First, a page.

The World's leading digital badge and certificate platform. Start your digital badge program today.
In fact, one can’t thrive without the other. Key to investment in people is a good learning and development (L&D) programme.
Today’s employees consider learning and development a key job attribute. And, these days, according to research from McKinsey, learning contributes to employability and people list “opportunities for learning and development” among the top criteria for joining an organisation.
However, according to research published in the Harvard Business review, 70% of employees report that they don’t have mastery of the skills needed to do their jobs and just 12% of employees apply new skills learned in L&D programs to their jobs.
Embed learning in all areas of the organisation
For a good learning and development programme to work, there have to be several cultural factors in place. The whole organisation must be aligned and there must be a culture of learning from the top down. This might mean stating it clearly in core values or ensuring it’s a key corporate pillar. This means that when important decisions are made, investment in this area will be front of mind.
We know that work has become more personalised, especially with the effects of the pandemic. There is no one-size-fits all approach to learning and development and the programmes you have in place must reflect this. This means allowing for different starting places, entry requirements and timelines. It could also mean embracing learning opportunities outside of the immediate organisation or that could develop staff into “stealable” candidates. However, research has shown that the more you invest in your staff’s learning and development the more likely they are to stay with you.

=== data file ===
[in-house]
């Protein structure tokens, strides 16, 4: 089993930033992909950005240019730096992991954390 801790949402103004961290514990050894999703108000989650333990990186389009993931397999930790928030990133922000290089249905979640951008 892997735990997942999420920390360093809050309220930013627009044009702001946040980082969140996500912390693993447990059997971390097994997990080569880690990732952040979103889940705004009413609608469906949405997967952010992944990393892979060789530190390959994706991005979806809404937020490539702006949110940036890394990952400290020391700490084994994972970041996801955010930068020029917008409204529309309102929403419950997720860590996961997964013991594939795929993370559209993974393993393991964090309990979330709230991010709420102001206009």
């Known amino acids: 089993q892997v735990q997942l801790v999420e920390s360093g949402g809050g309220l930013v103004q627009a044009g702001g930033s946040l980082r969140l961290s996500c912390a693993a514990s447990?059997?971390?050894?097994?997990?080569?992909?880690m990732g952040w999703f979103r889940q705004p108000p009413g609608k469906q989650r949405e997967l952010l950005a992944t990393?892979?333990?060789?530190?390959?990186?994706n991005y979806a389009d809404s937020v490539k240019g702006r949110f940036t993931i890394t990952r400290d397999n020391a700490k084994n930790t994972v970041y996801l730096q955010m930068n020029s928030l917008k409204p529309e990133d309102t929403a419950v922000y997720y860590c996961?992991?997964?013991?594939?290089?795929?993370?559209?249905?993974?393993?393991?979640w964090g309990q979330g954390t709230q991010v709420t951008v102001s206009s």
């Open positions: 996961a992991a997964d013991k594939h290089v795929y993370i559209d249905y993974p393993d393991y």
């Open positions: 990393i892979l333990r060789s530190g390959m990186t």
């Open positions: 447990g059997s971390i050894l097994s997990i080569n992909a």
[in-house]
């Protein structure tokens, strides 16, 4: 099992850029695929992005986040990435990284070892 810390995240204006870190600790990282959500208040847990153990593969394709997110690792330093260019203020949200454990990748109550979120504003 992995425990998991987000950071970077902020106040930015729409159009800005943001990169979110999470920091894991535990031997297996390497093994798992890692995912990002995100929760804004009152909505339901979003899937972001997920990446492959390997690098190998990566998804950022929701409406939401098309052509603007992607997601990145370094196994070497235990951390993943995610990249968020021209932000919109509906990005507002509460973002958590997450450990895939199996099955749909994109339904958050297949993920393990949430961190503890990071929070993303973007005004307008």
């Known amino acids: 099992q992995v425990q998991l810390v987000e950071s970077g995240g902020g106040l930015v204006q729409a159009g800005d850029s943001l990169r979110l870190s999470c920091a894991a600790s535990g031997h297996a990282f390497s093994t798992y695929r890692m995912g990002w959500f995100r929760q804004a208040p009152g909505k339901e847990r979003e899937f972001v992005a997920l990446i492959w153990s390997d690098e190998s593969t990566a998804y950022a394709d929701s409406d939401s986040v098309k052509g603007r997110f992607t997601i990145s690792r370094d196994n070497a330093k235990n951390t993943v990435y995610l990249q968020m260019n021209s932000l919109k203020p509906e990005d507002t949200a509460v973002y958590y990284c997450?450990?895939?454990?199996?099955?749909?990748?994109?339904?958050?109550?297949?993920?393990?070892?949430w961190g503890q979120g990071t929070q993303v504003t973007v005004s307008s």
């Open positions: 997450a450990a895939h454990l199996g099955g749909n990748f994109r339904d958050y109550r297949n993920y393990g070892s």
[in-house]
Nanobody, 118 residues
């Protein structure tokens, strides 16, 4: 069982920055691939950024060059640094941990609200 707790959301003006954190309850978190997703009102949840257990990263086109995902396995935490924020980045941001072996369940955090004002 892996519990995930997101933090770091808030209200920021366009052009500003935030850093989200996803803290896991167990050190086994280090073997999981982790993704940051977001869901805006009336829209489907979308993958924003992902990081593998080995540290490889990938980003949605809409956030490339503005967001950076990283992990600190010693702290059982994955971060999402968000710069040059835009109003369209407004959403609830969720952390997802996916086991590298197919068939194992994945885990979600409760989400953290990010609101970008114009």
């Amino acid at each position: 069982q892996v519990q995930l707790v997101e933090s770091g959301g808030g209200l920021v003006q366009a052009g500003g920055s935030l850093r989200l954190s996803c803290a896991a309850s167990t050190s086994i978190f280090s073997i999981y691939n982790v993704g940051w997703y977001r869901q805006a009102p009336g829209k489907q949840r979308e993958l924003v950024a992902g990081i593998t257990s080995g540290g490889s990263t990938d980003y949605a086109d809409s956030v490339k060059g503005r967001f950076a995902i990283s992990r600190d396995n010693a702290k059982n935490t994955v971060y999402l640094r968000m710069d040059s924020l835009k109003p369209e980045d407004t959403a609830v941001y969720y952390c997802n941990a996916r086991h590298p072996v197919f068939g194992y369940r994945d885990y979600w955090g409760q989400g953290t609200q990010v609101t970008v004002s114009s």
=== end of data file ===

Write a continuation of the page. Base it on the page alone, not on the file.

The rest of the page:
Measure and recognise
There’s no point in offering learning and development without knowing why you’re doing it or what you can do to improve. Using a verifiable set of credentials means your staff can track and talk about their progress in a meaningful way and you can monitor their development and the scheme’s efficacy. The data you capture from this will also help you to create more meaningful learning experiences for your workforce and your staff to feel valued and recognised for their efforts.
Give (and receive) feedback
If your workforce is responding well to the learning and development environment, tell them. If they’re not, you wouldn’t hold back. But this feedback works both ways. If it’s not working, let your people tell you why not and change it accordingly. If your staff feel able to contribute to their own learning journey then they’re more likely to be engaged in it and want to do more of it. This could entail setting time aside especially or setting up a formal feedback procedure.
Ultimately, if you want your people to learn and develop in a way that benefits your organisation, you have to create an environment that nurtures a learning culture.
Get in touch with us today to find out how Certify can add value to your L&D programme.